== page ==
My other choices would be C.J. Spiller from Clemson or Terrence Cody from Alabama, but I feel they will be gone before this pick.

With the 41st pick in the 2010 draft the Seahawks select...

Ras-I Dowling CB/FS (6'2" 200 lbs.) from Virginia.

Though he is an unknown unless you study college football, Dowling is definitely what the Seahawks need—a big, physical cover corner who could also play free safety in the NFL.

He has the speed and the size to cover big receivers, which is Seattle's CBs have struggled with this year. Seattle's "No. 1" CB leads the league in pass interference calls, making this a must-pick, especially with Boldin, Fitzgerald, and now the emergence of Crabtree.

Dowling, also just a junior, still has time to learn and grow into possibly a Charles Woodson type of player. I could also see the Hawks go for a DT, RB, or QB here, but those issues will be addressed later in the draft.

This just in. The Seahawks trade Deion Branch in a crowded WR corps to the San Diego Chargers for the Chargers' third-round pick in the 2010 NFL Draft. Pure hope on my part, but it could happen since San Diego will likely have both their WRs hitting the free agent market at the end of the year.

Branch was traded to the Hawks for a first-round pick, and now I am happy getting a third for him. Wow, what a great trade for the first year he was here, and then a bust due to injury. Anyway, with the Chargers' pick in the third round, the Seattle Seahawks select...

Ryan Mallett (6'6" 250 lbs.) from Arkansas.

He probably won't be available in the third round, but there is always a chance, as you can tell with the Branch trade. Mallett has a cannon for an arm but has limited mobility.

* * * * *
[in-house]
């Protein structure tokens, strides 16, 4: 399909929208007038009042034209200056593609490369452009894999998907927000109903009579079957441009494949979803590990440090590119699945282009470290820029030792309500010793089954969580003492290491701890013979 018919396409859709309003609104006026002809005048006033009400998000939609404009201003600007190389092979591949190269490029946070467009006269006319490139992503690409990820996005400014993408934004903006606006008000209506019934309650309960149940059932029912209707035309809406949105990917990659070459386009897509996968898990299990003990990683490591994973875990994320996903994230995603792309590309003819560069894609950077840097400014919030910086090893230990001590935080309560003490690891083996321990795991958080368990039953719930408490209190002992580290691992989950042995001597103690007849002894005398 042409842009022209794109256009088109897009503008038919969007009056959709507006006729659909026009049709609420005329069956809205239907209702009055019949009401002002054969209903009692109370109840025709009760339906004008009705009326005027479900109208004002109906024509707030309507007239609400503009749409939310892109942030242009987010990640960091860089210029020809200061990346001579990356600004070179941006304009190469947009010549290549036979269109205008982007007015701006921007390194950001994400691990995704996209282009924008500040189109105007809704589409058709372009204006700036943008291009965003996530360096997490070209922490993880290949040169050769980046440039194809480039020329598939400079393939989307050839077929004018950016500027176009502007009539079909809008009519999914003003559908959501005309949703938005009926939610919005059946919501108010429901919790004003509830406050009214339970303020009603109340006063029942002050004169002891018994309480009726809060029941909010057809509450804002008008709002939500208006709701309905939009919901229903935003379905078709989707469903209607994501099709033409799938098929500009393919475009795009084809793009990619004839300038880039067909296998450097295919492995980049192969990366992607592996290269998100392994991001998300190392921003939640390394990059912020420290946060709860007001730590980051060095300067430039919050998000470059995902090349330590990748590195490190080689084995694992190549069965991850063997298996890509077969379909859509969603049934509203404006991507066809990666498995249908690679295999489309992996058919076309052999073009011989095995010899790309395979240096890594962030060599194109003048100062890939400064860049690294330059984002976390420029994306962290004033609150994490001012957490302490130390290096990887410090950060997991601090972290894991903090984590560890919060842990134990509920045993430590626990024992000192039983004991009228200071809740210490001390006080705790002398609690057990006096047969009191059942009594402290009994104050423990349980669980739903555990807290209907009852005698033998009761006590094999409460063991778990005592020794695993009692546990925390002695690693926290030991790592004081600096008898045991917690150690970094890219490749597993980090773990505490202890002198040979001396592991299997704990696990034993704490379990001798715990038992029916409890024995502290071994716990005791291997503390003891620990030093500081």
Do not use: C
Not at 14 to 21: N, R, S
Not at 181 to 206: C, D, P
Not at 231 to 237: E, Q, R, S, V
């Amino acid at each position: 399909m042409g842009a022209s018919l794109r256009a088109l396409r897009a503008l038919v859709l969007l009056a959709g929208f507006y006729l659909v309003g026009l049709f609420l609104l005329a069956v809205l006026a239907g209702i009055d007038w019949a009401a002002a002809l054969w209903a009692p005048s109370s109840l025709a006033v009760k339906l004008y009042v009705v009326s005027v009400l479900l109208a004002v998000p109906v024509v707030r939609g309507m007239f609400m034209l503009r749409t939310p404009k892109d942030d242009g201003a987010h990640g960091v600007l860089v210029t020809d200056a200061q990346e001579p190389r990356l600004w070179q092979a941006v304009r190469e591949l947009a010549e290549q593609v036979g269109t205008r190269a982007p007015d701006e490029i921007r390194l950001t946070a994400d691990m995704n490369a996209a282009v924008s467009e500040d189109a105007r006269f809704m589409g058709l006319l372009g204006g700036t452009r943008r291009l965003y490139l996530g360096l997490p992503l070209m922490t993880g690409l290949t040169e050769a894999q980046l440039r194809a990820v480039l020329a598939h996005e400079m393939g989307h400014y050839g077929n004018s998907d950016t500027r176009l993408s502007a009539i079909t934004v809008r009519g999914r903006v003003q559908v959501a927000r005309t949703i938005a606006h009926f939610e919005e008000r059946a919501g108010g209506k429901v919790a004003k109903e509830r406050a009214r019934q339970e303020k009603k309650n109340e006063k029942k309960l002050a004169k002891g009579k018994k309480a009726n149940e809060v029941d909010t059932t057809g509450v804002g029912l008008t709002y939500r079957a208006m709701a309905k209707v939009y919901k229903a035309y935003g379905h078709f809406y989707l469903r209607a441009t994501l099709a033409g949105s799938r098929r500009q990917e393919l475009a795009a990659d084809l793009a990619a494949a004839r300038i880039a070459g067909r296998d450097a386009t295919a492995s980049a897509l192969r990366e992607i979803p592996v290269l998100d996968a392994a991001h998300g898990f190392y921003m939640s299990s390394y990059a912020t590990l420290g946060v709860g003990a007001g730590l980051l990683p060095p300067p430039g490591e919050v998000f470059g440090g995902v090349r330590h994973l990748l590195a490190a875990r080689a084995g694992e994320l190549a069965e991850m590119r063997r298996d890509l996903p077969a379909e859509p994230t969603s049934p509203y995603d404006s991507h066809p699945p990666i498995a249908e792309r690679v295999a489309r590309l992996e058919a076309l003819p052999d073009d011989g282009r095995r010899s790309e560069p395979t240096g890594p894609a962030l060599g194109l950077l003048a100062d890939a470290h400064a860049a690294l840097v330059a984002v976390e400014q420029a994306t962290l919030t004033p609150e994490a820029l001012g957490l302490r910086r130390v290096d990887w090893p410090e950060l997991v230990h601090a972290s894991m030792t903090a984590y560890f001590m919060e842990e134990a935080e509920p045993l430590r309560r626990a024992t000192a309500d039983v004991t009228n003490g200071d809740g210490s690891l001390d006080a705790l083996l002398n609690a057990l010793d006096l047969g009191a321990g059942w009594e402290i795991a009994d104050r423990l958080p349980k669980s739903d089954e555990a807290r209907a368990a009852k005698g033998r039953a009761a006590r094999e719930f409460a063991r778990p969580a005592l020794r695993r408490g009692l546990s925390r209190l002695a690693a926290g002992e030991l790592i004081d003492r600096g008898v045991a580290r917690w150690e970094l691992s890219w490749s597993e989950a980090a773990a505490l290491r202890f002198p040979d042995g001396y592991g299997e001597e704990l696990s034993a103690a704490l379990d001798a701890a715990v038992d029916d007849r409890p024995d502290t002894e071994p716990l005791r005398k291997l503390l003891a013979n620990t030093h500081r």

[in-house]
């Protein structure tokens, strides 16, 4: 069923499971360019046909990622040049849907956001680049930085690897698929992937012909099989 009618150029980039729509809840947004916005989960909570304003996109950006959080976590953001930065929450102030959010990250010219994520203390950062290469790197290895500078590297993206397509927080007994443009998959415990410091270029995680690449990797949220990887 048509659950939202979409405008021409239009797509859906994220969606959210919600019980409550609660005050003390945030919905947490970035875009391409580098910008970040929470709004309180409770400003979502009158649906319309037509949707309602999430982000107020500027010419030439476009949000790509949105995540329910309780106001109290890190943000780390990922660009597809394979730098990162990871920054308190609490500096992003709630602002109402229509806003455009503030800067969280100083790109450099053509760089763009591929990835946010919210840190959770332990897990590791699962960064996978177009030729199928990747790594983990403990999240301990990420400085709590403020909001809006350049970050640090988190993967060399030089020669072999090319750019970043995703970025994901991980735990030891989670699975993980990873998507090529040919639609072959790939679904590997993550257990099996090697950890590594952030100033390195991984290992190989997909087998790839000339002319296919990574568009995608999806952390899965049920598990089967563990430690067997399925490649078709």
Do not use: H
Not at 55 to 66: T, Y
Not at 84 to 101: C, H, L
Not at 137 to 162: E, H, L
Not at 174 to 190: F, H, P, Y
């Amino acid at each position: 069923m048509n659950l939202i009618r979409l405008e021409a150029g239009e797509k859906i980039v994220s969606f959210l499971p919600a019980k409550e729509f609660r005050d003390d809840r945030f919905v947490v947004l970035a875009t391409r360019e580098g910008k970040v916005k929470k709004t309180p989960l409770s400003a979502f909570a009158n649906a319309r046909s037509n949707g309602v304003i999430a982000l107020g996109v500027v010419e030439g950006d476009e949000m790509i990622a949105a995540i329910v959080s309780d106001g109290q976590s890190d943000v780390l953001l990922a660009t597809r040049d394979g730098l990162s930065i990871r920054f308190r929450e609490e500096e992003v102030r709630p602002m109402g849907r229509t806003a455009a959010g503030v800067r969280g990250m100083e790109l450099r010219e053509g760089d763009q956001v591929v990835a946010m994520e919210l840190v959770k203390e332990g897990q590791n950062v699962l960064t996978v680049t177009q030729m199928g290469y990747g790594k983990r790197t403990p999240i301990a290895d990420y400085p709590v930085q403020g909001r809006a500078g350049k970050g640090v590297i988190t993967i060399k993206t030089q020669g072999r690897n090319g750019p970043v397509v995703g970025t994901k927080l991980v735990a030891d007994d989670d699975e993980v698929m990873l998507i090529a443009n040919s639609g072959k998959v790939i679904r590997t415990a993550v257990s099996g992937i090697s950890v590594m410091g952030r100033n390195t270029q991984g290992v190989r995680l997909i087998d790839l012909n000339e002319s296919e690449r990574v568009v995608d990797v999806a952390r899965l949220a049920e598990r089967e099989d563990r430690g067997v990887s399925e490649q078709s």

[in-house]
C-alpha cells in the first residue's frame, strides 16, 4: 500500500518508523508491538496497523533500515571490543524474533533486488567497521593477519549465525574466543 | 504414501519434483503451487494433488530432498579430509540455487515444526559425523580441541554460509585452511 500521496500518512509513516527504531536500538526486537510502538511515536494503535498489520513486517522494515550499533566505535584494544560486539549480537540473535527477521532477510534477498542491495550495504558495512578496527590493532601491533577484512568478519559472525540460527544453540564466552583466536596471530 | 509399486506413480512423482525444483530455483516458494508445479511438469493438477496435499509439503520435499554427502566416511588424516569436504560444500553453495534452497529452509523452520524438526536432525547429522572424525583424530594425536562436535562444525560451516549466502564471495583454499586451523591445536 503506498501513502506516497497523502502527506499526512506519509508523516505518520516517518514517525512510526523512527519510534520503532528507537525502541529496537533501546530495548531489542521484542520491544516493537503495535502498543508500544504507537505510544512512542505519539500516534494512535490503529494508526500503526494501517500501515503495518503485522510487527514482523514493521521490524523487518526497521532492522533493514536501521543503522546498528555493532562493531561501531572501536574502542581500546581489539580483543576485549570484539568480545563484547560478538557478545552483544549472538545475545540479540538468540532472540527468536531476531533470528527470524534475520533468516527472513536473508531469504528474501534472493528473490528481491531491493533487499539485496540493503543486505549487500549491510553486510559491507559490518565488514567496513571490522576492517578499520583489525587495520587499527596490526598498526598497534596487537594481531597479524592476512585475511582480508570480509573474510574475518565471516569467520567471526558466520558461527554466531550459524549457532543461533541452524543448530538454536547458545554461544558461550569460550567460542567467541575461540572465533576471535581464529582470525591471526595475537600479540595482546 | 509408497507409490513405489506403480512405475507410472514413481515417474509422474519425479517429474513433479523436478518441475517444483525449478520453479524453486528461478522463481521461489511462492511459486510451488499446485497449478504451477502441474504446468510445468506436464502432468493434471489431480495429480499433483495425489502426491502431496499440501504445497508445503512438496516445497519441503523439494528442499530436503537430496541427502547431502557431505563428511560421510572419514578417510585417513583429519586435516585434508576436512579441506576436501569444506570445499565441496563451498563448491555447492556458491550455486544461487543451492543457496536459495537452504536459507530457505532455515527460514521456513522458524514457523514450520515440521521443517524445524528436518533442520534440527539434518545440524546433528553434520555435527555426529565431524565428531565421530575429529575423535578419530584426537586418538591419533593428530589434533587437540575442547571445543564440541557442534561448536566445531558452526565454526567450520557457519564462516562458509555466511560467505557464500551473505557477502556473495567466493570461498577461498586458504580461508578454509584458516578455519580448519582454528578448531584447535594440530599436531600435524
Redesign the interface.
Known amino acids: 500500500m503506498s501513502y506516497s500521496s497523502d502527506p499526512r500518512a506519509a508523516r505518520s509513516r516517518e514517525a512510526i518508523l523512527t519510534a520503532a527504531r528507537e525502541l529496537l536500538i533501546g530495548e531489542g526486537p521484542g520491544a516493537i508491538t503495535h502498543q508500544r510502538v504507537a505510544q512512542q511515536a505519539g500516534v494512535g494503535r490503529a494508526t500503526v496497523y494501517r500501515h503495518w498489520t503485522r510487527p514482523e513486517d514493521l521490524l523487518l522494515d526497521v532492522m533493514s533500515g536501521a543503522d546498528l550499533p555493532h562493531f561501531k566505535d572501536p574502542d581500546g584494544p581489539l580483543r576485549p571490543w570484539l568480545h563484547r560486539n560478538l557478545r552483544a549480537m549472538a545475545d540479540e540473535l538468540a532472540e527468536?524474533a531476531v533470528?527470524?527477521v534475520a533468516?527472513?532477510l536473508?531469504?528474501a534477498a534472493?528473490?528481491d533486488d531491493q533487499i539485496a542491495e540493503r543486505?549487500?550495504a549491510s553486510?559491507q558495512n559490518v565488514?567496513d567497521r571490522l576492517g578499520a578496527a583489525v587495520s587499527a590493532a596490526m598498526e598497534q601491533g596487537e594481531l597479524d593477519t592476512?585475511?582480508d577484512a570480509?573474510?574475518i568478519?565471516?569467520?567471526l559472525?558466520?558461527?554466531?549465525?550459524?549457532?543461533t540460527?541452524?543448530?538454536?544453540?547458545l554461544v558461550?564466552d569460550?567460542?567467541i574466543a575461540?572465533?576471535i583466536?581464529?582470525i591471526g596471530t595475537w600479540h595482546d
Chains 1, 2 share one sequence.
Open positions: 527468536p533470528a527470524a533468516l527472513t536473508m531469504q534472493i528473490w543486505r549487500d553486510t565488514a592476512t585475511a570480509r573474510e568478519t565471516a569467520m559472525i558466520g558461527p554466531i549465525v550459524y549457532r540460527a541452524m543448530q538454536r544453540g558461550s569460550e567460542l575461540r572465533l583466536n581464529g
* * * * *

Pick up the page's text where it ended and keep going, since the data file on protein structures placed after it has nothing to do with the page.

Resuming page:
He reminds me a little of Matt Hasselbeck in how he uses his accuracy and smarts to deliver the ball where he wants it, but Mallett has a much stronger arm than Hasselbeck.

Mallett is also only a redshirt sophomore this year, which is the reason I like the thought of the Hawks picking him. He can sit behind Matt for a few years and learn the NFL game, while improving his skills daily.

Another thing Mallett has is height. He can easily see over the top of his OL and even over some of the coverage to look down field. He plays on a team that is not great, but he continues to put up big numbers because of his skill.

Realistically, he will be picked in the second or first round, which would make Case Keenum from Houston a more logical pick, since he has the same skill set except he is more mobile and a few inches shorter.

In the fourth round Seattle selects...

Nate Collins DT (6'3" 295 lbs.) from Virginia.

Though not too well-known, Collins should be for the year he is having. He is getting all the attention from the opposing team and still stepped up with a big season with 76 tackles, 11.5 TFL, and six sacks.

Collins could make a huge difference right away, and he has the talent to be the run stopper the Hawks are lacking right now.

Two other DTs who I could see going are Jay Ross from East Carolina or Corey Peters from Kentucky. But I'm going with two defensive players from Virginia, Dowling and Collins. These players just fit in with what the Hawks need.

In the fifth round, the Seahawks select...

Barry Church S (6'2" 219 lbs.) from Toledo.

This guy is a tackling machine, and he has the size to play in the NFL. The only question is what position does he play? Most "experts" are labeling him as a safety-linebacker tweener.